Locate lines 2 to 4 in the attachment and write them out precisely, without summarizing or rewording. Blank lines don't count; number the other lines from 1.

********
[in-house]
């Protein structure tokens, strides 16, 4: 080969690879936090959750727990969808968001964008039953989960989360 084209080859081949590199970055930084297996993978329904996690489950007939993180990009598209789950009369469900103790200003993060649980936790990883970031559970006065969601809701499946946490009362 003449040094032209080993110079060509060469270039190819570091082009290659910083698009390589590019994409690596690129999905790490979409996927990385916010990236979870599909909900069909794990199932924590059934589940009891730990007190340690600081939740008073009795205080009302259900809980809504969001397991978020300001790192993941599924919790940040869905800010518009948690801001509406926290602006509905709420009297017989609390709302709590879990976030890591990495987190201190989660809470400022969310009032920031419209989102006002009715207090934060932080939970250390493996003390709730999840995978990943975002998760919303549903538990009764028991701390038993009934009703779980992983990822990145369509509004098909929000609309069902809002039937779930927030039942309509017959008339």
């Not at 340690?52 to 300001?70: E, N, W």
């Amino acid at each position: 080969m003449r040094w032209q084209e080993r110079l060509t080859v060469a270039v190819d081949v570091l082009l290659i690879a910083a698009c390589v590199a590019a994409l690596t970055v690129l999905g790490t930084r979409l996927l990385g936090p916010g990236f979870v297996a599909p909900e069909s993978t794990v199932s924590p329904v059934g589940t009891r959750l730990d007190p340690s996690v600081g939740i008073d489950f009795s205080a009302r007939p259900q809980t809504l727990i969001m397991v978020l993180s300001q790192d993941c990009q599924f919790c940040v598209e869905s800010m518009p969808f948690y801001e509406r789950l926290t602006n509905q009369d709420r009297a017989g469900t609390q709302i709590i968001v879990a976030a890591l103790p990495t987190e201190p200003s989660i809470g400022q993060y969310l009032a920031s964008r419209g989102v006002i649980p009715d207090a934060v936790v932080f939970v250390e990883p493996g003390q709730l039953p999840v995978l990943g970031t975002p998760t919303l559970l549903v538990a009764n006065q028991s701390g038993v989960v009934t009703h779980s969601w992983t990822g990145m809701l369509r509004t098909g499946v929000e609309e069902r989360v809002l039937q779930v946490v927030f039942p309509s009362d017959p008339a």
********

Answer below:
């Protein structure tokens, strides 16, 4: 080969690879936090959750727990969808968001964008039953989960989360 084209080859081949590199970055930084297996993978329904996690489950007939993180990009598209789950009369469900103790200003993060649980936790990883970031559970006065969601809701499946946490009362 003449040094032209080993110079060509060469270039190819570091082009290659910083698009390589590019994409690596690129999905790490979409996927990385916010990236979870599909909900069909794990199932924590059934589940009891730990007190340690600081939740008073009795205080009302259900809980809504969001397991978020300001790192993941599924919790940040869905800010518009948690801001509406926290602006509905709420009297017989609390709302709590879990976030890591990495987190201190989660809470400022969310009032920031419209989102006002009715207090934060932080939970250390493996003390709730999840995978990943975002998760919303549903538990009764028991701390038993009934009703779980992983990822990145369509509004098909929000609309069902809002039937779930927030039942309509017959008339």
């Not at 340690?52 to 300001?70: E, N, W």
């Amino acid at each position: 080969m003449r040094w032209q084209e080993r110079l060509t080859v060469a270039v190819d081949v570091l082009l290659i690879a910083a698009c390589v590199a590019a994409l690596t970055v690129l999905g790490t930084r979409l996927l990385g936090p916010g990236f979870v297996a599909p909900e069909s993978t794990v199932s924590p329904v059934g589940t009891r959750l730990d007190p340690s996690v600081g939740i008073d489950f009795s205080a009302r007939p259900q809980t809504l727990i969001m397991v978020l993180s300001q790192d993941c990009q599924f919790c940040v598209e869905s800010m518009p969808f948690y801001e509406r789950l926290t602006n509905q009369d709420r009297a017989g469900t609390q709302i709590i968001v879990a976030a890591l103790p990495t987190e201190p200003s989660i809470g400022q993060y969310l009032a920031s964008r419209g989102v006002i649980p009715d207090a934060v936790v932080f939970v250390e990883p493996g003390q709730l039953p999840v995978l990943g970031t975002p998760t919303l559970l549903v538990a009764n006065q028991s701390g038993v989960v009934t009703h779980s969601w992983t990822g990145m809701l369509r509004t098909g499946v929000e609309e069902r989360v809002l039937q779930v946490v927030f039942p309509s009362d017959p008339a």